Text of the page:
ECSA on Alternative Market Pricing and Value Mechanisms

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Dick Bryan and Akseli Virtanen

"Fundamentally, in a system in which the knowledge of the relevant facts is dispersed among many people, prices can act to coördinate the separate actions of different people in the same way as subjective values help the individual to coördinate the parts of his plan (emphasis added). So for Hayek, price is the reduction of complexly-layered knowledge (a set of protocols) to a single index. With everyone speaking the language of price and the pursuit of profit as a singular index for decision-making, market interactions are said to generate spontaneous order — but what they actually do is to structure the space of possible.

This index could be based in different knowledge, producing a different logic, a different space of possible. ECSA is seeking to build indices for markets that are not driven by profit maximizing and self interest, but still rely on index movements to measure surpluses and to trigger trading strategies for agents that lead to wider economic decisions about what is produced and how. We depict these as the performance indices of the new economic space.

We should note the way in which Hayek depicts price as a simplified index that obviates the need for agents to hold full knowledge. Via cultural enmeshment, agents come to believe that price is all they need to know: price can be trusted to incorporate knowledge.

The most significant fact about this system is the economy of knowledge with which it operates, or how little the individual participants need to know in order to be able to take the right action. In abbreviated form, by a kind of symbol, only the most essential information is passed on, and passed on only to those concerned. It is more than a metaphor to describe the price system as a kind of machinery for registering change, or a system of telecommunications which enables individual producers to watch merely the movement of a few pointers, as an engineer might watch the hands of a few dials, in order to adjust their activities to changes of which they never know more than is reflected in the price movement.

Hayek says price embodies complex information — it creates knowledge of society — and its great functionality is that it is a simple representation of that complexity. But notice, in Hayek’s framing, that price may be the condensation of a complex set of knowledges, but knowledge is not intended to be reverse engineered from price.

This 1940’s advocacy of ‘the market’ and trust in ‘prices’ may stand strong as an alternative to 1940’s central planning, but 75 years on the argument must be different. The ‘imperative’ to have market protocols design a single measure called ‘price’ must be seen as a design choice. (Or if it is inappropriate to depict past history as a ‘choice’, we can certainly depict the future as involving choice.)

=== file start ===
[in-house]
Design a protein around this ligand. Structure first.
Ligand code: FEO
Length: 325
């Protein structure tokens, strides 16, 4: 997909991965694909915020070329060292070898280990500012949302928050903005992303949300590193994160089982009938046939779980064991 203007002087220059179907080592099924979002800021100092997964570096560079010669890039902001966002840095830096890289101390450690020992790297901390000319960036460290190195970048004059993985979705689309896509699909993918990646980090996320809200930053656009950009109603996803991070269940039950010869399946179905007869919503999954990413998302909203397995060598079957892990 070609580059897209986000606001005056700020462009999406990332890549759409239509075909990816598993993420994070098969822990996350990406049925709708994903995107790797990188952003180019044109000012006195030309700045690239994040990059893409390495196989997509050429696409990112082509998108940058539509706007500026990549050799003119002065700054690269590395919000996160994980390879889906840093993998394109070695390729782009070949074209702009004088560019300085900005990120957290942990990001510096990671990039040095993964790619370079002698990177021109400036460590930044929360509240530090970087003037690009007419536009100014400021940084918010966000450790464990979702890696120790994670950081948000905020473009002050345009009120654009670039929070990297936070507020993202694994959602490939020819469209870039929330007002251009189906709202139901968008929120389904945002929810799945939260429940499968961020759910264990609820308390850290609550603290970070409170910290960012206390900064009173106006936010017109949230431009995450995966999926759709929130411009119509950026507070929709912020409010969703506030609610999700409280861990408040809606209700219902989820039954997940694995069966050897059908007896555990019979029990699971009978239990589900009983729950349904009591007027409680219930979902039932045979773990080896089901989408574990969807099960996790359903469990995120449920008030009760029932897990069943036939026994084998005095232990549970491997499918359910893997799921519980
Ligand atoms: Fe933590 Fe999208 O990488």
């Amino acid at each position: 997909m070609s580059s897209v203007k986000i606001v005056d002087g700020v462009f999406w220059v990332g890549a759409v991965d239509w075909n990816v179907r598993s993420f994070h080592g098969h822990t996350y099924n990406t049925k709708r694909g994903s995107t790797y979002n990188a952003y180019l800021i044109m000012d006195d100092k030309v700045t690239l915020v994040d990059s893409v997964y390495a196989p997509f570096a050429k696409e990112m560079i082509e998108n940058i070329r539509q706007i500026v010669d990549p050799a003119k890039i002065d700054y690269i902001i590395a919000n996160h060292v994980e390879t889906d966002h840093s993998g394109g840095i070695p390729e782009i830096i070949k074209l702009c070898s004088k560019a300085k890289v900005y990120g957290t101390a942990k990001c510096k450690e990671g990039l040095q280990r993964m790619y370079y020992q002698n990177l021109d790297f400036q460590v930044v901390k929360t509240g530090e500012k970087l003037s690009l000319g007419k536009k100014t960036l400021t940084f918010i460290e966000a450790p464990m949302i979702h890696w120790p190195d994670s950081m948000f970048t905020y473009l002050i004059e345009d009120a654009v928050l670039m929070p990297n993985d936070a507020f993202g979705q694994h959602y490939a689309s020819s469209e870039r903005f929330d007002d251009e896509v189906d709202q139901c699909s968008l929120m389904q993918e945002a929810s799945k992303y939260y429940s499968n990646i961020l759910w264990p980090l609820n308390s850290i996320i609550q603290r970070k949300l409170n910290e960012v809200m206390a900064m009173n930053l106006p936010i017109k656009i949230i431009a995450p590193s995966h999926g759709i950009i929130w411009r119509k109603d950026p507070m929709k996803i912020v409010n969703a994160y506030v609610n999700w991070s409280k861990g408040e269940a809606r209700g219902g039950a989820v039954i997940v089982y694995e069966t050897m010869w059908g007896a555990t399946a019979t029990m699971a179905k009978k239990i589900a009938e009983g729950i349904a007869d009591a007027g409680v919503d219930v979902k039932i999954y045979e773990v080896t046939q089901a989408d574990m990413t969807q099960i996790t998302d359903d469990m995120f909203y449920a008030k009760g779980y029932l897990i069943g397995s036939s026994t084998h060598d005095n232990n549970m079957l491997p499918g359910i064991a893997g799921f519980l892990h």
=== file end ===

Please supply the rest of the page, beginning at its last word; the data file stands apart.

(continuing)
Instead of knowledge being condensed into ‘price’ in a capitalist discourse, current technology can enable knowledge to be compiled and stored for a potential range of uses, not just market price formation.

Price is, after all, no more than an index: it measures relative exchange values (between commodities; over time). But in the hands of Hayek and the neo-classicals, with their version of ‘the market’ naturalised as a platform, price can be treated socially as an absolute social measure. Indeed this is the analytical objective: to create the impression that price formation is the social expression of the natural order of markets. Prices slide from being technically relative values to be presented socially as absolute values. This is central to the idea of trust in a (fiat) money system. But the absolute measure is a social and political construct — social and political expression — and it can be changed. The appearance of cryptocurrencies, offering potential for so many different benchmarks for valuation, makes that potential social construction stark.

Why then is ‘price’ as we currently understand it the privileged index of valuation? Why do we not use (for example) sociality (social impact) as the privileged index of valuation? Or environmental impact?

The answer is that price defined in a discourse of profit and denominated in fiat (state) money is a measure that expresses the social and cultural values — the politics — of a capitalist society. In using this notion of price as the privileged measure we assume that: (a) output is conceived as ‘scarce’ and price is a means to ration allocation; (b) production for the market is valued over production for direct use (for the latter generates no price) and © profit is embedded within price (people take things to market so as to make a profit). In a capitalist society, those priorities seem appropriate: they capture the values of that society.

We believe that these social and cultural norms — and the ways of behavior and subjectivity embedded in them — follow to a critical degree from the nature of ownership and collateralization of assets and control over the issuance of and access to the dominant form of money and credit, i.e. certain protocols.

The challenge mounted by ECSA is to make stark that ‘price’, as it is conventionally understood, can be re-framed as just one set of protocols and one set of participants on those protocols but not, as Hayek would have us believe, the only set of protocols. In the context of risking together, distributed ownership and distributed issuance of money, these social and cultural norms will be profoundly challenged." (